Have you ever wondered what your legal options are as a victim of medical error? When medical errors occur, it’s natural to look for answers and solutions. This is where the crucial notion of the statute of limitations comes into play. The statute of limitations defines a limitation period, or in other words how much time you have, to file a civil lawsuit in the event of medical error. It can vary depending on the jurisdiction and your circumstances.
Our medical liability lawyers will guide you through the complexities of the statute of limitations for medical malpractice. You will learn the basics about how it works, and also how it affects your rights and your ability to take action.
Understanding a prescription period or limitation period
When considering taking legal action for medical malpractice or a medical error, it’s important to understand what the statute of limitations indicates about timing. A prescription period or limitation period indicates how long you have to take legal action, in this case, after suffering a medical error. It acts as a limit set by law to protect patients’ rights and ensure legal stability.
Not knowing the prescription period for medical lawsuits can lead to situations where you lose the ability to take legal action simply because time has run out. By knowing how time limits are calculated and from what moment they are measured, you’ll be better prepared to act effectively if you’re faced with a medical error.
Limitation period for medical errors in Quebec
When it comes to prescription periods in cases of medical error, Quebec jurisdiction sets out specific parameters. The law strictly regulates the period during which you have the right to take legal action.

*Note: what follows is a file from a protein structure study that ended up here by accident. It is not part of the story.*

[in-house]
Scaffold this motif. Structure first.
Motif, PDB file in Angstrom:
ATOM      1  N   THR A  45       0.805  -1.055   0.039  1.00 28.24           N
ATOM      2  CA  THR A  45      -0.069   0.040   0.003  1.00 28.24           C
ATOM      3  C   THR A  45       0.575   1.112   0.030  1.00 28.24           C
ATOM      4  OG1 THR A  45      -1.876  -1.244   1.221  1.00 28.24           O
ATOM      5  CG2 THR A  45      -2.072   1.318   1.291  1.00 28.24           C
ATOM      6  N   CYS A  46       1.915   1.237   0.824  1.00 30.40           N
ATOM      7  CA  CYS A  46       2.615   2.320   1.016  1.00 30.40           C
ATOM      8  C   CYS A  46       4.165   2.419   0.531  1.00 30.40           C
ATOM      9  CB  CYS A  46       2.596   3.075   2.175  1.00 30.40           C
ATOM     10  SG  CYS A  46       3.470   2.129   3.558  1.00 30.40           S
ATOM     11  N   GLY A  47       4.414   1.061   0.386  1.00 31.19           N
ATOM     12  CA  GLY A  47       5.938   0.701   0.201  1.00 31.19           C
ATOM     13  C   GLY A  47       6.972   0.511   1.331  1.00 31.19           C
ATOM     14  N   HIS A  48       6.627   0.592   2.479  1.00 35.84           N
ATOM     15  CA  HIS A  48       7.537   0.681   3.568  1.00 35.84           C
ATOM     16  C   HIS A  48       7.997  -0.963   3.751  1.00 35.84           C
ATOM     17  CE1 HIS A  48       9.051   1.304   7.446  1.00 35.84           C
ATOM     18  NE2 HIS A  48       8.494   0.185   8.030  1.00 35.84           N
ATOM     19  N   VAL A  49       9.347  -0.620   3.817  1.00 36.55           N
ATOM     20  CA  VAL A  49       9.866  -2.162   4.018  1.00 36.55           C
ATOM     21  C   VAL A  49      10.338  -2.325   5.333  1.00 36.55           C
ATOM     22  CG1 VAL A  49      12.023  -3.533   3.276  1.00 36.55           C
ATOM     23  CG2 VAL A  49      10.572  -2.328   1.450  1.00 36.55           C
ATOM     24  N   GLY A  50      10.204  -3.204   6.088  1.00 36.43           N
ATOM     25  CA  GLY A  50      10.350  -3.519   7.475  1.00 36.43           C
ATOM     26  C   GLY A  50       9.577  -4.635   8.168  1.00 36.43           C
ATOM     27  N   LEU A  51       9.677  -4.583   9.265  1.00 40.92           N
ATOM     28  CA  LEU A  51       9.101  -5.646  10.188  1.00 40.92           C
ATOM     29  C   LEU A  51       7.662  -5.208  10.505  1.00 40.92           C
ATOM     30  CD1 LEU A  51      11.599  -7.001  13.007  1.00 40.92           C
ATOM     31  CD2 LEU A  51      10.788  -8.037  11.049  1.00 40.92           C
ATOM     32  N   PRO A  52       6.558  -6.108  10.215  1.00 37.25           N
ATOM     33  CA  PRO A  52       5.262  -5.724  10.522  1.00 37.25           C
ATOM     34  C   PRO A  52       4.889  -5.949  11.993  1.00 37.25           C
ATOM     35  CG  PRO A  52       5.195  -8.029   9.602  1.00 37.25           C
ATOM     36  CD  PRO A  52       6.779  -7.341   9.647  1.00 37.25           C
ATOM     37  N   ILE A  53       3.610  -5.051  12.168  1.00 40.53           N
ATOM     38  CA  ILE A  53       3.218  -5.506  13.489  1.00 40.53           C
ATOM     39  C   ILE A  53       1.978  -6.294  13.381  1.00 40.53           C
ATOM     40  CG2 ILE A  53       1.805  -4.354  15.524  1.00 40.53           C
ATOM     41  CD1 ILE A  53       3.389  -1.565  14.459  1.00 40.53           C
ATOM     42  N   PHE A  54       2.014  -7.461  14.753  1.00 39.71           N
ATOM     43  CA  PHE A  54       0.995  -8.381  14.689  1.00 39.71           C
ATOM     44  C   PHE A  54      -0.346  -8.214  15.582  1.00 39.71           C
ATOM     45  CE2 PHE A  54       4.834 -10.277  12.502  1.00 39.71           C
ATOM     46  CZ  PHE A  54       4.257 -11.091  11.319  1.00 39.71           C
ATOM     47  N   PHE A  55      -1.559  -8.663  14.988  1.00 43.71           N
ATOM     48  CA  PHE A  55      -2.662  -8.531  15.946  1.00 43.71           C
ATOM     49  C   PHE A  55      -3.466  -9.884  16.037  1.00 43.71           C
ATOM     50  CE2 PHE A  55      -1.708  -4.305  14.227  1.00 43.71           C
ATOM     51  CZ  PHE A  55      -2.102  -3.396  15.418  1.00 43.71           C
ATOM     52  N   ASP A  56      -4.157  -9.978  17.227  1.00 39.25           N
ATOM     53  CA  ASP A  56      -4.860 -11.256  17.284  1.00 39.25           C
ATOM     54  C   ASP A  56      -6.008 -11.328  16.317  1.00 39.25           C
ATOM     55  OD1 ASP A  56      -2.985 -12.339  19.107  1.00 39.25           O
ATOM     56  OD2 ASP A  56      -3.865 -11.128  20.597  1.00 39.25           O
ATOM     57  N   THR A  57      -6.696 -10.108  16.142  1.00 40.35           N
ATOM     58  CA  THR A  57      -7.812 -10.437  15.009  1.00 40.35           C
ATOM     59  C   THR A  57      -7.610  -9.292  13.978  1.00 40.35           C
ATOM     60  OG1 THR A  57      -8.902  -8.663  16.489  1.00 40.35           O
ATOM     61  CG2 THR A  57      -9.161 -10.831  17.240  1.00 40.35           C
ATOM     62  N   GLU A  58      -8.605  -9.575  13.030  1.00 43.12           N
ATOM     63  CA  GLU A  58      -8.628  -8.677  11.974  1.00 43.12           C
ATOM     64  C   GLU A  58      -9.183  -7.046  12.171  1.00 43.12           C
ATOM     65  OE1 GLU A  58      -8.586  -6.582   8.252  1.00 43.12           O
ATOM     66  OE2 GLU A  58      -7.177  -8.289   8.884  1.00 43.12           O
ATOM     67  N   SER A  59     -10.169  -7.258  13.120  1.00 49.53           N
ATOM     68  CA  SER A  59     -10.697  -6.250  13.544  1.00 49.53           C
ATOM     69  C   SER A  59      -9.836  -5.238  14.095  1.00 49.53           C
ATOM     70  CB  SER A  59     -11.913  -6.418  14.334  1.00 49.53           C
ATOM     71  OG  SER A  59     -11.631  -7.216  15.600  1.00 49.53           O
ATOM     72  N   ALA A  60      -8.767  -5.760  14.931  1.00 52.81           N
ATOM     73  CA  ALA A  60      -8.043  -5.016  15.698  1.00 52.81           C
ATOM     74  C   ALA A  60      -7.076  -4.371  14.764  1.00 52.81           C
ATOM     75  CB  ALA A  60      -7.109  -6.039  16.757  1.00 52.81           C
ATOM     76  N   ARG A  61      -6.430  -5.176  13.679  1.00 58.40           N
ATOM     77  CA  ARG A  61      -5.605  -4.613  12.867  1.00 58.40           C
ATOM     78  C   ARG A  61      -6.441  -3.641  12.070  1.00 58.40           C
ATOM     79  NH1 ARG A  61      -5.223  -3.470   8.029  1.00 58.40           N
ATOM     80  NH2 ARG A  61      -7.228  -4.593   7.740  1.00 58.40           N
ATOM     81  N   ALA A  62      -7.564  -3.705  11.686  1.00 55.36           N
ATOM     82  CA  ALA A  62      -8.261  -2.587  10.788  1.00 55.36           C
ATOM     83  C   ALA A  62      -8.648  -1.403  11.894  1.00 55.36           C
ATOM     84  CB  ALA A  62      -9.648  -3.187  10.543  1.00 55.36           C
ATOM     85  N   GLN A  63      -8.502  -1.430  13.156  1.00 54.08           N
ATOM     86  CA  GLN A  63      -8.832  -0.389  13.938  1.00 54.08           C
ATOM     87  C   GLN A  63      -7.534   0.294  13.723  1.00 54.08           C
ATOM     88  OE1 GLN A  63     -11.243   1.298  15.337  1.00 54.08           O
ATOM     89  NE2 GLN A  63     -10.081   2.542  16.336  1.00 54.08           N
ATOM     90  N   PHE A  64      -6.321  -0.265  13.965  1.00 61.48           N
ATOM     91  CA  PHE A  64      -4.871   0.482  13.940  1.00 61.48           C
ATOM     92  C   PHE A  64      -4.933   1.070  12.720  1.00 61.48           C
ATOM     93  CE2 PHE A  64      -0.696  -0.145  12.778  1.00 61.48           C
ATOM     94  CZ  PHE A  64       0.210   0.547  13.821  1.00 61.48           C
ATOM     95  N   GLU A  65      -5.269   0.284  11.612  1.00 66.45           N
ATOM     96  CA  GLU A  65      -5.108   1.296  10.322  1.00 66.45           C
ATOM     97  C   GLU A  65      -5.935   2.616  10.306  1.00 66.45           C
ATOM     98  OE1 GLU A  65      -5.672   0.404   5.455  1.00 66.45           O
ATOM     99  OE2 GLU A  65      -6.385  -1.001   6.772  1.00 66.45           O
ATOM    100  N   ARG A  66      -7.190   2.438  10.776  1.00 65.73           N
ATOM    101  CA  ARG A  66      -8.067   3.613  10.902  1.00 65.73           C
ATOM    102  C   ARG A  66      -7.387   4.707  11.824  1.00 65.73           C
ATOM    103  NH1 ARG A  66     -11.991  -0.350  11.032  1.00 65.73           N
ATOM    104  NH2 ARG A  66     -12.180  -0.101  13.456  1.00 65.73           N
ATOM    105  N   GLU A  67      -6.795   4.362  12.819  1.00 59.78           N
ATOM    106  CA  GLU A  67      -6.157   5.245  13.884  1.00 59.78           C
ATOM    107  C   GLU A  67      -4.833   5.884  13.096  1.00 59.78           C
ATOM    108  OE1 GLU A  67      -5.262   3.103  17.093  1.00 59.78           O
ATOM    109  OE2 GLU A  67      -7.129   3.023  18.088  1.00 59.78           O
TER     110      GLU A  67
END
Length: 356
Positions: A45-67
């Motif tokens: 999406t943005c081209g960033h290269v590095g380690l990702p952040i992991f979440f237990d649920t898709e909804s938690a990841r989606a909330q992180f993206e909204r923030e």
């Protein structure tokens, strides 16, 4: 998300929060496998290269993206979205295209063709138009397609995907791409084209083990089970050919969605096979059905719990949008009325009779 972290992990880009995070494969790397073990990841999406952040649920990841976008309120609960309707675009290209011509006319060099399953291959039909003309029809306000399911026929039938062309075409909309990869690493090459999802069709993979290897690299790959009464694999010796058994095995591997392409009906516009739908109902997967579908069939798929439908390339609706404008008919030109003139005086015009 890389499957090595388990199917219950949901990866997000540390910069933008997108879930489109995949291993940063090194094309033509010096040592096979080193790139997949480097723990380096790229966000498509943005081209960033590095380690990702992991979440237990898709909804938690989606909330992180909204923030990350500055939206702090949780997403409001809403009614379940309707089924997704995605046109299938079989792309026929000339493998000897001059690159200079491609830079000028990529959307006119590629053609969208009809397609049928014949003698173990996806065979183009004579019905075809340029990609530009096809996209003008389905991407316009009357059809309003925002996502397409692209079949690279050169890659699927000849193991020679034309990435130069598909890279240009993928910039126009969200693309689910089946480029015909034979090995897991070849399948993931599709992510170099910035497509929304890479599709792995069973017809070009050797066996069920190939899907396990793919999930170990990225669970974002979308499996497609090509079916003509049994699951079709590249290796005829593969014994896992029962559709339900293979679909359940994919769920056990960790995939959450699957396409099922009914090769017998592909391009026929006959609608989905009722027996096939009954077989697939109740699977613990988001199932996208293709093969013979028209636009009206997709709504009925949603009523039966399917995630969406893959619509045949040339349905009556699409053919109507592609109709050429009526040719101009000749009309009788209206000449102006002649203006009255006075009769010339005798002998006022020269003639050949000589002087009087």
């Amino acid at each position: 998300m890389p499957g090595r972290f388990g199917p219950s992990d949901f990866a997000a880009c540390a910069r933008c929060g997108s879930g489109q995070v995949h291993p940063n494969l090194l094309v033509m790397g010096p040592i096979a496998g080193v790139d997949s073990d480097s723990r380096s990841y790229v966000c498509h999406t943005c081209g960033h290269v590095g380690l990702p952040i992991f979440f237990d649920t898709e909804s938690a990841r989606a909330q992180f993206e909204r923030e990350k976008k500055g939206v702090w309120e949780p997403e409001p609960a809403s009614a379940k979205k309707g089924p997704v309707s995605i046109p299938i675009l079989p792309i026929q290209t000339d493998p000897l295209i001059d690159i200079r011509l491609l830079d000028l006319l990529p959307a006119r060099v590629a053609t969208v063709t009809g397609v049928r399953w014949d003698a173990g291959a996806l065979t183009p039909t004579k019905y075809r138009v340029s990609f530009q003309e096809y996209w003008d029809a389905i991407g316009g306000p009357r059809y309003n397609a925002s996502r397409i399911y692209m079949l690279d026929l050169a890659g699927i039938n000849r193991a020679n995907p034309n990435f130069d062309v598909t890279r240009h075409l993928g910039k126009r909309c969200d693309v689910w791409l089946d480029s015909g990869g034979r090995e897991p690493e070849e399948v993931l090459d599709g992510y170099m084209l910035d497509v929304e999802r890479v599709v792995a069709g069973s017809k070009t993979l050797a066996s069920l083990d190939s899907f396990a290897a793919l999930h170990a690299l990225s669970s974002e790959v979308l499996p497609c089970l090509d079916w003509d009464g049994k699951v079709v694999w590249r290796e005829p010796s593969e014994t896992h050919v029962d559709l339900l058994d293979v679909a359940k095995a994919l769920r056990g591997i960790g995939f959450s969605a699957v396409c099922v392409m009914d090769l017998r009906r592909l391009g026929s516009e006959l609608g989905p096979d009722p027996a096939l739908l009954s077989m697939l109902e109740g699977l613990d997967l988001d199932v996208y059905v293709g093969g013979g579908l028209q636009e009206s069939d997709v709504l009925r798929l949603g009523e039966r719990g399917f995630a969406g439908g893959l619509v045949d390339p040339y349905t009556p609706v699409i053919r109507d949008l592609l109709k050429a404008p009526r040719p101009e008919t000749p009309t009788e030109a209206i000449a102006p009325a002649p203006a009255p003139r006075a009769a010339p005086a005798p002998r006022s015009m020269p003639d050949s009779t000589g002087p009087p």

Article 2925 of the Civil Code of Quebec, a fundamental pillar of the Quebec legal system, details the rules surrounding prescription periods for medical error: “An action to enforce a personal right or movable right is prescribed by three years, if the prescriptive period is not otherwise determined.”
In other words, the victim of bodily and/or psychological injury resulting from a medical error has a 3-year prescription period in which to file a complaint and claim compensation under the Civil Code of Québec.
Factors affecting prescription periods for medical errors
When limitation periods come into play in the context of medical errors, one question becomes crucial: when exactly does the period begin? The answer is closely linked to the type of injury suffered by the patient and the surrounding circumstances. Factors to be considered include the nature of the error, when the error was discovered or should have been discovered, and the specific laws within the jurisdiction. Some cases may also be influenced by ethical and medical considerations, adding a further layer of complexity to the situation.
If medical injury becomes apparent gradually
In situations where medical injury manifests itself gradually, the 3-year limitation period only begins when the injury first becomes perceptible. This is particularly relevant in the case of medical conditions that evolve over time, and that require careful observation to detect early warning signs.